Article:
3. Paul is quoting “scripture?” in 1 Cor 2:9, but if he is alluding to Isa 64:4 when he states that it is written, he has turned it on its head. We get from Paul his usual pie-in-the-sky-bye-and-bye, but the Hebrew in Isaiah is not referring to the future but the fact that Israel has not seen, know experienced any other “god” who has done as much for them from the past until the present. Which to me is much more in line with the teachings of Jesus about the in breaking, coming of God’s realm.

    How might you recast your collect to capture less pie and more in breaking? 😉

    1. Thanks, Brother David.

      Looking at 1 Cor 2:9, I’m not sure that this is Paul at his “when you die” perspective. I think the prayer as I’ve cast it can be read in a “when you die” way – but it can also be read, IMO, in a “in-breaking” way?

      Certainly Paul’s “quoting” is an issue at this point. And it is not surprising that Irenaeus, Clement of Alexandria, Origen, Eusebius, and Cyril of Jerusalem left the Corinthian letters off their list of the Christian canon. Athanasius wanted them in, but not being able to point to the origin of this “quote” caused him a headache in defending his own list.

      Your point is very important, Brother David. If this process is continued, and the resulting collect set is predominantly of the “when you die” perspective, balance will somehow need to be brought to hold together the not-yet and the but-already parts of our Christian faith. IMO.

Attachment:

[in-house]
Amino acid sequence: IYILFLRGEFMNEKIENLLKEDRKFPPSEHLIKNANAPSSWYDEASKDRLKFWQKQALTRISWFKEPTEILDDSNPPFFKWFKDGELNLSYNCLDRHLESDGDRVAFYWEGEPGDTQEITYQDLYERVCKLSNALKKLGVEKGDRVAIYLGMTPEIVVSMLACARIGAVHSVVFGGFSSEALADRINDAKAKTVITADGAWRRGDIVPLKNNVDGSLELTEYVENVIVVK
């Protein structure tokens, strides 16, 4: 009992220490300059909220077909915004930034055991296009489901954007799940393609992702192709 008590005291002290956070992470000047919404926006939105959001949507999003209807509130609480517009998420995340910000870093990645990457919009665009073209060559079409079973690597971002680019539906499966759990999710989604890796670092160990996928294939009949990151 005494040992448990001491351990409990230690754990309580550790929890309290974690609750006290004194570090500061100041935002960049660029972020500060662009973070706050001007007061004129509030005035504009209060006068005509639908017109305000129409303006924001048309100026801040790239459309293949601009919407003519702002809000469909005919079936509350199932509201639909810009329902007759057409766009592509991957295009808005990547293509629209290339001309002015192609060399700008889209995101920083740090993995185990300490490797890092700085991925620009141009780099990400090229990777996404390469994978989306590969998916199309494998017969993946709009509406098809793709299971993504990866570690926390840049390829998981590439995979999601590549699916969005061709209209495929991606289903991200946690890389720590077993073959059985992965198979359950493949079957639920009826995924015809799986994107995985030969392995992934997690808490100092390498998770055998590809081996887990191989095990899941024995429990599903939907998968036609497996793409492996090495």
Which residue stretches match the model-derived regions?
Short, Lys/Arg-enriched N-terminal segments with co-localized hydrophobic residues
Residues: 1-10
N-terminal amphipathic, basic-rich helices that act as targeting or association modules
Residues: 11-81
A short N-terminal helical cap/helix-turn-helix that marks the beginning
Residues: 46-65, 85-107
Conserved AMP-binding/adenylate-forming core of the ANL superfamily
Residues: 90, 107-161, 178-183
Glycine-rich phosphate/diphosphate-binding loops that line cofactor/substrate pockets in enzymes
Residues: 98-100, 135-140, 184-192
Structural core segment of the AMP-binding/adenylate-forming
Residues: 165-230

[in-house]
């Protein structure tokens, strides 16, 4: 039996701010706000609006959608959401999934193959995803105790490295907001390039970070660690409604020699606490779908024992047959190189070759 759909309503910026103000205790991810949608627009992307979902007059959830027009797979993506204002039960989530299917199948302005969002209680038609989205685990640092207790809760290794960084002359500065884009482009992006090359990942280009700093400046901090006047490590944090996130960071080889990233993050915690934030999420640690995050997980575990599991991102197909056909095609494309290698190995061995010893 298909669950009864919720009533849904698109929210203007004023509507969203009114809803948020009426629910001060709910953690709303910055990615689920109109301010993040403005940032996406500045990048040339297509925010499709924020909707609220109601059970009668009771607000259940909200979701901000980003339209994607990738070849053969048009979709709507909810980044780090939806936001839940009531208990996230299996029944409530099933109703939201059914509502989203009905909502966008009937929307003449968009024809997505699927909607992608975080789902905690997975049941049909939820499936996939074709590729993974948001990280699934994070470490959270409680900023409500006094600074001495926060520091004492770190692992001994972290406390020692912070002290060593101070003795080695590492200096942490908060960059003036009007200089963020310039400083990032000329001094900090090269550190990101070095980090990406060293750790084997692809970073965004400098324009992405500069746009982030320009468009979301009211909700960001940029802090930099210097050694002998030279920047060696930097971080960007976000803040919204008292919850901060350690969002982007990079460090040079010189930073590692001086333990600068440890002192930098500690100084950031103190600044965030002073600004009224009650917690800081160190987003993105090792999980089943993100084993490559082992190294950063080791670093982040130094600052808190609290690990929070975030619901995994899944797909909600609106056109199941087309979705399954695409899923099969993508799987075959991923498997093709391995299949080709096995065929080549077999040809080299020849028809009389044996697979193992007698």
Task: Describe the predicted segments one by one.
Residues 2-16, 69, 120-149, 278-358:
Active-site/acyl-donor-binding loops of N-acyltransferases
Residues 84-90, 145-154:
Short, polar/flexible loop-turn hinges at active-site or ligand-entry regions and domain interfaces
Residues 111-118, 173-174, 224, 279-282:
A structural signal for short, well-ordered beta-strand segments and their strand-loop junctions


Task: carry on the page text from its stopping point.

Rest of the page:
4. Bro David; I think you are making somewhat unconscious time-error. The interpretation of “wait” in Isa.64.4 – those who wait for him- they are not just ‘hanging ’round, killing time’ as it were; they wait “upon” Him, they “serve” like Altar “serv-ers” or table “wait-ers”. These verbs are ‘active!’ active sort instead of the inferred sort of ‘ho-hum’ “wait for him” (are-we-there-yet) sort of waiting.
    –‘think of the “Ye Watchers and ye Holy Ones” — those are some ‘active wait-ers!’.

    Hope this helps….
    btw: wasn’t pie-in-the-sky Marx’ line?

    1. I’m not sure what you are on about here Charlie. I am not basing anything on “wait.” Nor am I basing it on the English translation.

      The sense of the Hebrew statement “what God has prepared” is not about a laying up for the future, but all that was done by God before, a sense which is not found in the Greek of Paul’s rendering of the concept. The sense of the Hebrew which includes wait, למחכה, is actually one who is waiting in fear or helplessness for the intervention or salvation from God.

      BTW, I went to graduate seminary in the USA and the pie-in-the-sky is a Southern Statesonianism that I picked up living in Texas. Such as portrayed in the the US gospel hymn “In the Sweet By and by,”

      In the sweet by and by
      We shall meet on that beautiful shore.
      In the sweet by and by